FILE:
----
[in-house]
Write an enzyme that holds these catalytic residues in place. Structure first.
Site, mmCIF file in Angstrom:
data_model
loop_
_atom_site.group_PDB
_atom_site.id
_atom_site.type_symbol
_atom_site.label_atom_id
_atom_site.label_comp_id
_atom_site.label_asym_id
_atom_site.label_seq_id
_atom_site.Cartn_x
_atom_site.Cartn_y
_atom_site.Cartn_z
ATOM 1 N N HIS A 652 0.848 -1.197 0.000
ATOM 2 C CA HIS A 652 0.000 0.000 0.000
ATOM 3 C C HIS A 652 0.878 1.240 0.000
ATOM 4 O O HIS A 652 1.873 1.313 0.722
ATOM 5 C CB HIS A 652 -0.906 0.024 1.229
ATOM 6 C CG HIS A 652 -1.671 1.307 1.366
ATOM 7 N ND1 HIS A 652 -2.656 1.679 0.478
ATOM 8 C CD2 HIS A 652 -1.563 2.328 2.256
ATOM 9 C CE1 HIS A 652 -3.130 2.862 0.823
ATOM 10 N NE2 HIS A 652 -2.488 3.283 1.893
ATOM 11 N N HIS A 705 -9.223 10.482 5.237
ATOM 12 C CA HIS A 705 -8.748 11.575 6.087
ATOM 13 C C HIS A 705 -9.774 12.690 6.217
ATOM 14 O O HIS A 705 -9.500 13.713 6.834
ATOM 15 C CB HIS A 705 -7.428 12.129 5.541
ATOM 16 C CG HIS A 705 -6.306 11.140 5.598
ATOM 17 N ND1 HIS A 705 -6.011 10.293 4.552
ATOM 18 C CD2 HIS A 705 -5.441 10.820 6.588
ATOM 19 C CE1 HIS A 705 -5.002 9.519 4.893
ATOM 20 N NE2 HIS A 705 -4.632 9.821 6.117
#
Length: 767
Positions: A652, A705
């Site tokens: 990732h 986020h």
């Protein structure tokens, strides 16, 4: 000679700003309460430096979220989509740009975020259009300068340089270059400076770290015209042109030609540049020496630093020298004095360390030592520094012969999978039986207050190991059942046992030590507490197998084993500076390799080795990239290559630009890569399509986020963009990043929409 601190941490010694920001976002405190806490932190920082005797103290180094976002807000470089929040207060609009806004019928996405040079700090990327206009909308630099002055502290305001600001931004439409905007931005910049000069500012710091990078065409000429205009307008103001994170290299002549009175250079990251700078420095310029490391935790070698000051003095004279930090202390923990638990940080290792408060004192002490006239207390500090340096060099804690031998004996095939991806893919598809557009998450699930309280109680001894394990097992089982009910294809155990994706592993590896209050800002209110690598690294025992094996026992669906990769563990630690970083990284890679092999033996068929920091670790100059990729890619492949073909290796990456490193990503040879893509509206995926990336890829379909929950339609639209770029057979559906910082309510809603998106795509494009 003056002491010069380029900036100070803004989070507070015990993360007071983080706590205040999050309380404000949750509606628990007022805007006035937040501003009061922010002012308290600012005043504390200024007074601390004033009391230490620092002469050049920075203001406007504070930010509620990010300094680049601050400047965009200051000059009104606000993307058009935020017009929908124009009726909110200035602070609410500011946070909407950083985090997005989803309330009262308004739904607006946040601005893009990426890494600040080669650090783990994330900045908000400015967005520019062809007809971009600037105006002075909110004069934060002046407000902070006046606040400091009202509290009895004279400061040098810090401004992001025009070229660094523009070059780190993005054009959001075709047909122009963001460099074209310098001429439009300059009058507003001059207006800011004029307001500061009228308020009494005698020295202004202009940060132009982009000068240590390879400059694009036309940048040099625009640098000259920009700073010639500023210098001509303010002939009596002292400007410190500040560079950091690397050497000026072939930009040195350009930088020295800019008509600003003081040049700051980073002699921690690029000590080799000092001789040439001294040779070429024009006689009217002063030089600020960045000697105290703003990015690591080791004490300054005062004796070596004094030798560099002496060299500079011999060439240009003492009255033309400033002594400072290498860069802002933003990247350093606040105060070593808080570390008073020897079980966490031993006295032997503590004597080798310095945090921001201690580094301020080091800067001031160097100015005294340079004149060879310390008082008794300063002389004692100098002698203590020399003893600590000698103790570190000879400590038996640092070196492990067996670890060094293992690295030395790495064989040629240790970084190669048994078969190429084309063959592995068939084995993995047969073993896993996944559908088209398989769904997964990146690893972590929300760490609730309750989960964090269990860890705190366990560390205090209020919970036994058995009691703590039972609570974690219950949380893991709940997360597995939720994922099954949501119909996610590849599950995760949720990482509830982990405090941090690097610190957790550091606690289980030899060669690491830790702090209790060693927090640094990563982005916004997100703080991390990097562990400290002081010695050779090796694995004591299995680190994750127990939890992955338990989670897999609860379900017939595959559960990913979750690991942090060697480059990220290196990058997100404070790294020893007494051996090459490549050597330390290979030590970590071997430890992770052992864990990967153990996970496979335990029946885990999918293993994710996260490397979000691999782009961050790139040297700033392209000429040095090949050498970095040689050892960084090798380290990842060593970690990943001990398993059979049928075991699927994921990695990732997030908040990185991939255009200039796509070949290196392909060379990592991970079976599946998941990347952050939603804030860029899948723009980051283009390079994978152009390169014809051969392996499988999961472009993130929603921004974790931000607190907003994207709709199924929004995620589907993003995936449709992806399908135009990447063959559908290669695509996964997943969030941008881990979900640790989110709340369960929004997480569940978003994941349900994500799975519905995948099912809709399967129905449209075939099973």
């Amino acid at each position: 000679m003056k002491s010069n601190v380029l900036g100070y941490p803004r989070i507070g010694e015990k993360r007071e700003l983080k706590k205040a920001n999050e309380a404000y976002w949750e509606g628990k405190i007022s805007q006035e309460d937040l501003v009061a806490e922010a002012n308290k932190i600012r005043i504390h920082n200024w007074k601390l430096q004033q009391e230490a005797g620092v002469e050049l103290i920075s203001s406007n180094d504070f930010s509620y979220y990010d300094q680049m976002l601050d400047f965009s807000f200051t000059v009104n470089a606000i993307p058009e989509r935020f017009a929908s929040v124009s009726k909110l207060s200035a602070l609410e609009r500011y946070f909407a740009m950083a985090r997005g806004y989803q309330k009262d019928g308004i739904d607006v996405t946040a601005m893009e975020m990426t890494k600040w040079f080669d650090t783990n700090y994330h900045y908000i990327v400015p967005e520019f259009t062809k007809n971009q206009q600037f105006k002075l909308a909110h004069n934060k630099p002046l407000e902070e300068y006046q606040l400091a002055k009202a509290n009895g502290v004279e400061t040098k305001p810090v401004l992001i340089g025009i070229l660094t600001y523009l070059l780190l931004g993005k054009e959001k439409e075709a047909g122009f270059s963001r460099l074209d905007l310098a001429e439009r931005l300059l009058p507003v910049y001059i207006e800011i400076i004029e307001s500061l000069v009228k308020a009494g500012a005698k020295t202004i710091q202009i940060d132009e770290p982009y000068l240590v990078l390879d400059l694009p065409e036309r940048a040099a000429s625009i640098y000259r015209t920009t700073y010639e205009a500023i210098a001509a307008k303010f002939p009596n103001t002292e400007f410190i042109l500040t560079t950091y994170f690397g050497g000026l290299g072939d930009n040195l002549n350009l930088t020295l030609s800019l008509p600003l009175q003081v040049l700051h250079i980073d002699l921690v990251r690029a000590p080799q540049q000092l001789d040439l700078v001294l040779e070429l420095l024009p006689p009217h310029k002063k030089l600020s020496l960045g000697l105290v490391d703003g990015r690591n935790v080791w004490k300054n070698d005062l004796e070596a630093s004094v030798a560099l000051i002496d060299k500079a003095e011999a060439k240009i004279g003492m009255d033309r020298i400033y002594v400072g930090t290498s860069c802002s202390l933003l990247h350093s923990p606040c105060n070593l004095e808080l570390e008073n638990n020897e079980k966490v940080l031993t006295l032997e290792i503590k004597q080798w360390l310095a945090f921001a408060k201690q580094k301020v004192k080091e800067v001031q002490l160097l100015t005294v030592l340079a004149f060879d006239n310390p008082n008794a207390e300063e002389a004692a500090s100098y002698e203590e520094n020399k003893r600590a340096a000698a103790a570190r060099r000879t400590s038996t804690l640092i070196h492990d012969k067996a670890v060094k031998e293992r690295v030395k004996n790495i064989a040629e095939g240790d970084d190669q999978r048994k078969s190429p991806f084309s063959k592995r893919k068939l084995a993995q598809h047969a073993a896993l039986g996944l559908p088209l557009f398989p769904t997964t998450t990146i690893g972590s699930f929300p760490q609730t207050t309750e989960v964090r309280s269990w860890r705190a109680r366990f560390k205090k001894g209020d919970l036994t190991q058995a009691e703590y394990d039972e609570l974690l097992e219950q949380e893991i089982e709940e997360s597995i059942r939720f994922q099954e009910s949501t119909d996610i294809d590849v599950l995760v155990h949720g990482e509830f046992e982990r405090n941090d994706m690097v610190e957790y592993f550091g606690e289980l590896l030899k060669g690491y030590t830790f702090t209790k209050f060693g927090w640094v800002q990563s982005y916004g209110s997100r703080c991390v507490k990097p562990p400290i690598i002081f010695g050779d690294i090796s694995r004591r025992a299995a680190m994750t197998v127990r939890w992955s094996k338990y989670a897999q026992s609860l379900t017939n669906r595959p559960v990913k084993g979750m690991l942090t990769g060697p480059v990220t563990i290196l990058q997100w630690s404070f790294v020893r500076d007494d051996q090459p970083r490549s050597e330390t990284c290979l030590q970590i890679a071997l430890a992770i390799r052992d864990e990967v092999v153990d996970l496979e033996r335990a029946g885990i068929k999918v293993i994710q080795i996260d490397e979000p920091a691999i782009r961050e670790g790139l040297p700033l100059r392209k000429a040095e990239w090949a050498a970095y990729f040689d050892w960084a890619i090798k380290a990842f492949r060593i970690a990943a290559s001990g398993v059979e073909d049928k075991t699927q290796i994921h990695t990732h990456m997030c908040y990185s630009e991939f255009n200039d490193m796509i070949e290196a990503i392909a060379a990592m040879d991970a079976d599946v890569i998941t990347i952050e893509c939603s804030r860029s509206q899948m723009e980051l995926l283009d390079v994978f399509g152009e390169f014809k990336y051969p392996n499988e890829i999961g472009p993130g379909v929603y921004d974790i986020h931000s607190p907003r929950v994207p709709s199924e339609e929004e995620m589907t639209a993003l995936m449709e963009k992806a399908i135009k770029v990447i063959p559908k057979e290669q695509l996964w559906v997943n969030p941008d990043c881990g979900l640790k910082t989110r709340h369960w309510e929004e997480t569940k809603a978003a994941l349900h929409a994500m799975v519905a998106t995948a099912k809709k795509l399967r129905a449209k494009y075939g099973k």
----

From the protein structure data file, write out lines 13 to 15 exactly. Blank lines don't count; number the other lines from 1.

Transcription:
_atom_site.Cartn_x
_atom_site.Cartn_y
_atom_site.Cartn_z